Why the UK is great for creative businesses

 23 July 2014

The UK’s world-class creative industries are booming – good news for the start-ups that are so vital to the sector. Creative business mentor Damian Baetens from Transmit explains why now is an excellent time to launch your business.

Hivehaus benefited from Transmit funding to help develop its business creating modular living space.
Hivehaus benefited from Transmit funding to help develop its business creating modular living space.

If you know where to look, you’re likely to find opportunities to get into the creative industries through training schemes, apprenticeships and paid internships.

However, as the creative sector is overwhelmingly an industry of sole traders and small businesses, instead of taking a job it could make more sense to ‘make’ one. Sometimes you have to just get out there and show people what you can actually do.

Luckily, the UK is a great place to start a creative business or become self-employed in the creative industries.

The UK creative economy is booming

So why is it a good time for you to be thinking about a start up?

The creative industries are the fastest-growing sector, worth £71.4bn in 2012 alone. Their success has prompted praise from the Government, with Culture Secretary Sajid Javid enthusing: “Our world leading creative industries are a veritable powerhouse.

“They drive growth and outperform other industries, with employment increasing at around five times the rate of the national average.”

The creative industries are the fastest-growing sector, worth £71.4bn in 2012 alone. 

The UK is pitched to become the leading hub for the world's creative industries within a generation, according to the the UK business leaders' organisation CBI.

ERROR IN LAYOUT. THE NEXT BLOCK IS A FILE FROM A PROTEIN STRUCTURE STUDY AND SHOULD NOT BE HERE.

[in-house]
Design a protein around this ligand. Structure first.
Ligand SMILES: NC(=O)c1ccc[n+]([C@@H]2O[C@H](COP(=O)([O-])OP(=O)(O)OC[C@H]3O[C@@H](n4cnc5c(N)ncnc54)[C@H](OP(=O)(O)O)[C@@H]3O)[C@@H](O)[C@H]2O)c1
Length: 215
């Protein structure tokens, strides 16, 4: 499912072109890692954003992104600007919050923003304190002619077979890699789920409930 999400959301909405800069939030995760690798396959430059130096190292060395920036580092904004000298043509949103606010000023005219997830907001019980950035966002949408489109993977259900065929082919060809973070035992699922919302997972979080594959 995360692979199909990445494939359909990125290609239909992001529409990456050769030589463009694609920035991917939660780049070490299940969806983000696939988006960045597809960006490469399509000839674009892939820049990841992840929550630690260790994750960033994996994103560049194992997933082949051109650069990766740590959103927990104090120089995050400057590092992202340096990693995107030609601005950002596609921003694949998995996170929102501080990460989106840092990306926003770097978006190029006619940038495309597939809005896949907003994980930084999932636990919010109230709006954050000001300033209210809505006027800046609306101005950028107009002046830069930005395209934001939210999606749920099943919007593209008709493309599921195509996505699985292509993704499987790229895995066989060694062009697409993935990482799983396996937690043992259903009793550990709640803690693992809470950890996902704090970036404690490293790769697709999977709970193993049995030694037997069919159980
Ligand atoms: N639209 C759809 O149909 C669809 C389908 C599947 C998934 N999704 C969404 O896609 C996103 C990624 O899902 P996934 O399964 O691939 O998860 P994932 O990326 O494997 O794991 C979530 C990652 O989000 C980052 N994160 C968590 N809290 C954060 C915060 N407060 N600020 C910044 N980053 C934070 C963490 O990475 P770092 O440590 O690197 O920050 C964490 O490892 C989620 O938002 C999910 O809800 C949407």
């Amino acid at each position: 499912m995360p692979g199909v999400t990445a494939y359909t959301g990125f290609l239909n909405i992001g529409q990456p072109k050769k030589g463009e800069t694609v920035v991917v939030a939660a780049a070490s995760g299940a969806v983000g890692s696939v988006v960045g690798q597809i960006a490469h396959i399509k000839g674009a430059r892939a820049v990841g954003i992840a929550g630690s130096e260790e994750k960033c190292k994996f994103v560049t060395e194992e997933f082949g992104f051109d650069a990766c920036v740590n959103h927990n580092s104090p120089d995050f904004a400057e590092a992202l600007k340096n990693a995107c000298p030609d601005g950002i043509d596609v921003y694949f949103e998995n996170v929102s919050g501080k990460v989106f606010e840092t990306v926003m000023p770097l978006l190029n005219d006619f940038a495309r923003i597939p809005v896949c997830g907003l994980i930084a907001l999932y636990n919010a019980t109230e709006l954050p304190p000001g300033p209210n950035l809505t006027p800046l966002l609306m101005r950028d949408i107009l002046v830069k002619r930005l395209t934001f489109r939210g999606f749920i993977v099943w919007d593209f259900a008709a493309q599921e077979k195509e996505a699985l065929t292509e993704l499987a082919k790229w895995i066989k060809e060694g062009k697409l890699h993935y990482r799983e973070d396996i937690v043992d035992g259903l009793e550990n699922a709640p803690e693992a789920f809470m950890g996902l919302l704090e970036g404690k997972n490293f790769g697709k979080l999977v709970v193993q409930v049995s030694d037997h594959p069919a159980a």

But it’s important to highlight that small businesses, including start-ups, make up a large proportion of this thriving sector, with around 85 per cent having five employees or fewer.

The growing attention about the value and the importance of the creative industries to the UK has to be good for start-ups, which are vital for the future of the sector.

You can start a creative business yourself

It’s always going to be hard to get your foot on the first rung of the ladder, but showing people what you can actually do is better than sending off countless CVs and sitting inside the crowd.

Take a step out and sell some jewellery. Make a record, promote a show, set up a pop up shop or self-publish. Make it happen and try not to be passive, as your personal ‘brand’ will not develop without some action.

If you’re actually doing it then you won’t need to pitch yourself or your abilities so hard, and the ‘leap of faith’ from employers or business partners is much shorter. 

Working freelance and selling your services to other people means you’re in business already, so maybe it’s not such a big step into self-employment after all?

You can register as self-employed and get the basics about running a business from government advice resources.